ENGL 557 19th-Century African American Narrative
ENGL 583 US Ethnic/Multicultural Literature [when the focus is African American Literature]
ENGL 597 Contemporary Black Feminist Literature
ENGL 672 Seminar in Women’s Literature and Feminist Theory [when offered as African American Women Writers]
LC 601 Seminar in Latin America and the African Diaspora
PHIL 542 Rationality and Relativism: African American Perspectives
POL 520 Special Topics in Public Policy [when the focus is on race and public policy]
POL 611 Research Seminar in American Government and Politics [when the focus is on race and American politics]
SOC 515 Black Americans
SOC 611 Social Inequality: Class, Race, and Gender
WGSS 681 Black Sexualities


African American Studies Graduate Certificate

The African American Studies Graduate Certificate is a 12-credit hour course of study designed for degree-seeking and non-degree-seeking graduate students. Students must complete our two core graduate seminars (6 credit hours): AAS 574 Research Methods in African American Studies and AAS 575 Theories of African and African American Studies. Additionally, students must choose two other seminars as electives (6 credit hours). Course selections come from multiple fields, which represent the breadth of African American Studies’ interdisciplinary scope. Courses are described below.

The certificate provides current M.A. and Ph.D. students the opportunity to deepen their specialties in Black Studies research and methods. Graduate students in departments and programs across campus can build their expertise in the practice, theories, methods, and approaches to the study of African American life and African diasporic history, culture, and experience.

For non-degree seeking students, the certificate delivers the credentials needed to enhance professional opportunities. While pursuing the certificate, students gain valuable insights and experiences that bring issues of race, diversity and inclusion, social movements, social justice, and other topics into clearer focus.

Whatever reason you chose to pursue our certificate, you will have the opportunity to work with our nationally and internationally recognized faculty who share their passion for research in the classroom and throughout the Purdue intellectual community.

We invite you to apply for the certificate here.

Graduate Certificate Core Courses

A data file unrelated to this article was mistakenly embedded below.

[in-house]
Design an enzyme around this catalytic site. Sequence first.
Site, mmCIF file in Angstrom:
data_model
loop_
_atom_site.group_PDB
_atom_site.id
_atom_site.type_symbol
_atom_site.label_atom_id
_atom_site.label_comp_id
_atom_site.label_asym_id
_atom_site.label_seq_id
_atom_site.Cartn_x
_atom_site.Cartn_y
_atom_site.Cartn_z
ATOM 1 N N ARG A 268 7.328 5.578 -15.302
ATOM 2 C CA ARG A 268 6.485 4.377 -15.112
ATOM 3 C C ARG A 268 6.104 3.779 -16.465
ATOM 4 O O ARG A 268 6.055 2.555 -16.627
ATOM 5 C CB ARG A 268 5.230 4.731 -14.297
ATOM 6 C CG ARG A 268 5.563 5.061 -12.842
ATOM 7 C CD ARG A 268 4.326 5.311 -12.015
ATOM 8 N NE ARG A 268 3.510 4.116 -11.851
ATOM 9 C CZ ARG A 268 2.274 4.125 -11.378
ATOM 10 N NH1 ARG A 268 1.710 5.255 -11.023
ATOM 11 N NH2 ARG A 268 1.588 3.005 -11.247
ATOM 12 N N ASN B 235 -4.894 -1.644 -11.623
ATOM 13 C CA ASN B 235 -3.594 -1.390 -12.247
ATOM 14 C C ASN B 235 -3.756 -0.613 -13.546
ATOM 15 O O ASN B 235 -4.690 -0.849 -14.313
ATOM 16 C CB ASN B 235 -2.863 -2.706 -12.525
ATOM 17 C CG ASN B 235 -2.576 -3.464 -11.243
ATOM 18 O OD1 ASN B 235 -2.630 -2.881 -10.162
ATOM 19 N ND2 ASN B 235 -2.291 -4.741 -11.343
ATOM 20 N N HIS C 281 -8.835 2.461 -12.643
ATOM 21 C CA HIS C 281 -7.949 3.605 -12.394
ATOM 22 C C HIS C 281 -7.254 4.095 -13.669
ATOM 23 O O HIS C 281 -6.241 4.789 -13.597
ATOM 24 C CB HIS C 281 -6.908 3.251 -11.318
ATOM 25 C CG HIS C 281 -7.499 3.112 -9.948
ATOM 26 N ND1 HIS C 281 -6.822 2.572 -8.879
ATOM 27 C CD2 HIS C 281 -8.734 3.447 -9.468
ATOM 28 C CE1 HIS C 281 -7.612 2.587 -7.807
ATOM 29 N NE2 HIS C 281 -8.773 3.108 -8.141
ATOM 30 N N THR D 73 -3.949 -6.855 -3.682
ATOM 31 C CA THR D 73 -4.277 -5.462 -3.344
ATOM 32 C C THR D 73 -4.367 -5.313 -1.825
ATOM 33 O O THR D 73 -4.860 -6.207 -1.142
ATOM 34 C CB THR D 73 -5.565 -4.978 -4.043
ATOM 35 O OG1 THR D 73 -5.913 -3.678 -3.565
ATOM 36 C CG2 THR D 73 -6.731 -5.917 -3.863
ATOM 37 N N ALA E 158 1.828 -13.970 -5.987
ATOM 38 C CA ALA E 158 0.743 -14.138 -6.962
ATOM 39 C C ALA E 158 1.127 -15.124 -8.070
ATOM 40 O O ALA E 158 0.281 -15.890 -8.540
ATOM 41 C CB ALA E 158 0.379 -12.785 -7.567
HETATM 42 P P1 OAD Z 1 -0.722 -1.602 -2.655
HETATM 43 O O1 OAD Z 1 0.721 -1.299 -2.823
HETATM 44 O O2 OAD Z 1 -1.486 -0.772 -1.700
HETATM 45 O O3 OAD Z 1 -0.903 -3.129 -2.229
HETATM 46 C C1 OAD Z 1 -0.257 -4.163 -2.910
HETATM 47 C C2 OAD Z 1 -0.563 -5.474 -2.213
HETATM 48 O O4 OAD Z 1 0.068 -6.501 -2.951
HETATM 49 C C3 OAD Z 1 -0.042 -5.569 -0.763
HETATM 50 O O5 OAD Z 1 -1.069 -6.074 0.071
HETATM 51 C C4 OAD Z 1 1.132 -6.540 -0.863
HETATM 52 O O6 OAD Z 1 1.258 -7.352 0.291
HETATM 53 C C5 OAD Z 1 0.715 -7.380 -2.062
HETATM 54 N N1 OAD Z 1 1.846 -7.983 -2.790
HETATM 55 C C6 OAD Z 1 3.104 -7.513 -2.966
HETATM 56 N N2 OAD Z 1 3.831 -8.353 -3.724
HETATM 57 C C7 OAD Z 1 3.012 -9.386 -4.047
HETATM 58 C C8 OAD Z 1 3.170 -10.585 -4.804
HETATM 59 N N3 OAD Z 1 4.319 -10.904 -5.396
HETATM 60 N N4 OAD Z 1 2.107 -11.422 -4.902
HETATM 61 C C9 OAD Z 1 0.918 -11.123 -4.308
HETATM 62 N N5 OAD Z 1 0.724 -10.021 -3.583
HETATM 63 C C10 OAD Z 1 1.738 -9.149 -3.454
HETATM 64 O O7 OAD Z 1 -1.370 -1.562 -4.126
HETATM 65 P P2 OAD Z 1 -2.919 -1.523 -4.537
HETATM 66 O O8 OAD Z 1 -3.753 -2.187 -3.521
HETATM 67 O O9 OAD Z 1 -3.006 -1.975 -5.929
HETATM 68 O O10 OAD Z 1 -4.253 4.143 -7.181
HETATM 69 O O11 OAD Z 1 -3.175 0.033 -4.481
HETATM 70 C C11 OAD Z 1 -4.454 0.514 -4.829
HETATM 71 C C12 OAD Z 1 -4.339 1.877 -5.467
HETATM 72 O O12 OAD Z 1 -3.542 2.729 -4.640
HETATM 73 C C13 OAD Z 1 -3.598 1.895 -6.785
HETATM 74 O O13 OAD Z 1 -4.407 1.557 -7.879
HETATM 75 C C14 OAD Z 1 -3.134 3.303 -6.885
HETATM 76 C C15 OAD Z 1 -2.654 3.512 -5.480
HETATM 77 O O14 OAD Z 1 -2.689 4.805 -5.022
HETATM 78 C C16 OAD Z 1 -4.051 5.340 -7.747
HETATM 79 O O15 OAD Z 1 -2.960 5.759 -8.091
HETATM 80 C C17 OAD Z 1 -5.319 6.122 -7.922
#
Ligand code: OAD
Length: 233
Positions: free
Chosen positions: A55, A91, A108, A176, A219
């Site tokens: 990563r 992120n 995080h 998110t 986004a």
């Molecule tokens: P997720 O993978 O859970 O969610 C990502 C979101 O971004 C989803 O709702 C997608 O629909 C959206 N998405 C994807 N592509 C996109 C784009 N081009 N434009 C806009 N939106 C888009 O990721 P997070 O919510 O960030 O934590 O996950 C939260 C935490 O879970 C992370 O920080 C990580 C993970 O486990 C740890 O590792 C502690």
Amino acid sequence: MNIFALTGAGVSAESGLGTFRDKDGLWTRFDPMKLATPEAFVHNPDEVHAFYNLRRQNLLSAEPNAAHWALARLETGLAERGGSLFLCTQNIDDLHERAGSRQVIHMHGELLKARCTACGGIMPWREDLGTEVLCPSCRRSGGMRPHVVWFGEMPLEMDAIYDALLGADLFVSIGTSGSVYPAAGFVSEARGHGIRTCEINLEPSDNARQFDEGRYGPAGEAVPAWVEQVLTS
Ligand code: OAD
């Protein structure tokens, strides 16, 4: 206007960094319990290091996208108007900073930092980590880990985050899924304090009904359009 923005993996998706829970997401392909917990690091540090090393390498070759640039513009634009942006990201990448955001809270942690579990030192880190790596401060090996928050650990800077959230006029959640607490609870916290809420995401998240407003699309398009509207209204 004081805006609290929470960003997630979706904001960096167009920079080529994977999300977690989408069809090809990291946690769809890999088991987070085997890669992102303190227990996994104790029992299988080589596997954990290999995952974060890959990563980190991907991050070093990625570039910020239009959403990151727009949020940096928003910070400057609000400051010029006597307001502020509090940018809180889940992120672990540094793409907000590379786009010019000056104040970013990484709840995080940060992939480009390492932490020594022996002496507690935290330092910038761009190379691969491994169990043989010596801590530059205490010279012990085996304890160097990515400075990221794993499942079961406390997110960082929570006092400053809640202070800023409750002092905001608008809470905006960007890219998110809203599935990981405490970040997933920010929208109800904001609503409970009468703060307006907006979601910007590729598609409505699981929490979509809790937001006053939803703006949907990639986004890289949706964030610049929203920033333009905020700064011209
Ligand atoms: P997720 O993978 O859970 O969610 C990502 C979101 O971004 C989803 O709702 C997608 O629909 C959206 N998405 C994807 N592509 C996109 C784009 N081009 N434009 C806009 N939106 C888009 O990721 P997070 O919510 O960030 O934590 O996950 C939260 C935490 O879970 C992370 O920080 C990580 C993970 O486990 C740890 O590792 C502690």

AAS 574 Research Methods in African American Studies
This course covers research techniques used by researchers to observe and to interpret scholarly investigation on race, class and gender from an African American perspective. It is envisioned as one of three required courses for students studying African American Studies at the graduate level. In investigating topics involving race, class, and gender from an African American perspective, students will gain some experience utilizing African American Studies research methods. The course is taught in a seminar format.

AAS 575 Theories of African and African American Studies
This course addresses the development of an African American intellectual tradition. The course will span disciplines and swathes of time in order to understand how scholars not only created new ideas but developed theories that shaped and changed academic inquiry. The objective of the course is to provide a history of the black intellectual tradition, which will then provide an important perspective for use in other course work. Upon its completion, students will gain understanding of major theories, theorists, and intellectual debates surrounding the field of African American Studies. Taught in a seminar format the course, students will be expected to read deeply, prepare seriously for class, and write a final paper of near publication quality.

Graduate Certificate Elective Courses (Select 2)

AAS 590 Directed Reading in African American Studies
HIST 594 Afro-American Thought & Ideology
HIST 651 Reading Seminar in American History [when the focus is Race/Civil Rights in the US]
ENGL 557 19th-Century African American Narrative
ENGL 583 US Ethnic/Multicultural Literature [when the focus is African American Literature]
ENGL 597 Contemporary Black Feminist Literature
ENGL 672 Seminar in Women’s Literature and Feminist Theory [when offered as African American Women Writers]
LC 601 Seminar in Latin America and the African Diaspora
PHIL 542 Rationality and Relativism: African American Perspectives
POL 520 Special Topics in Public Policy [when the focus is on race and public policy]
POL 611 Research Seminar in American Government and Politics [when the focus is on race and American politics]
SOC 515 Black Americans
SOC 611 Social Inequality: Class, Race, and Gender
WGSS 681 Black Sexualities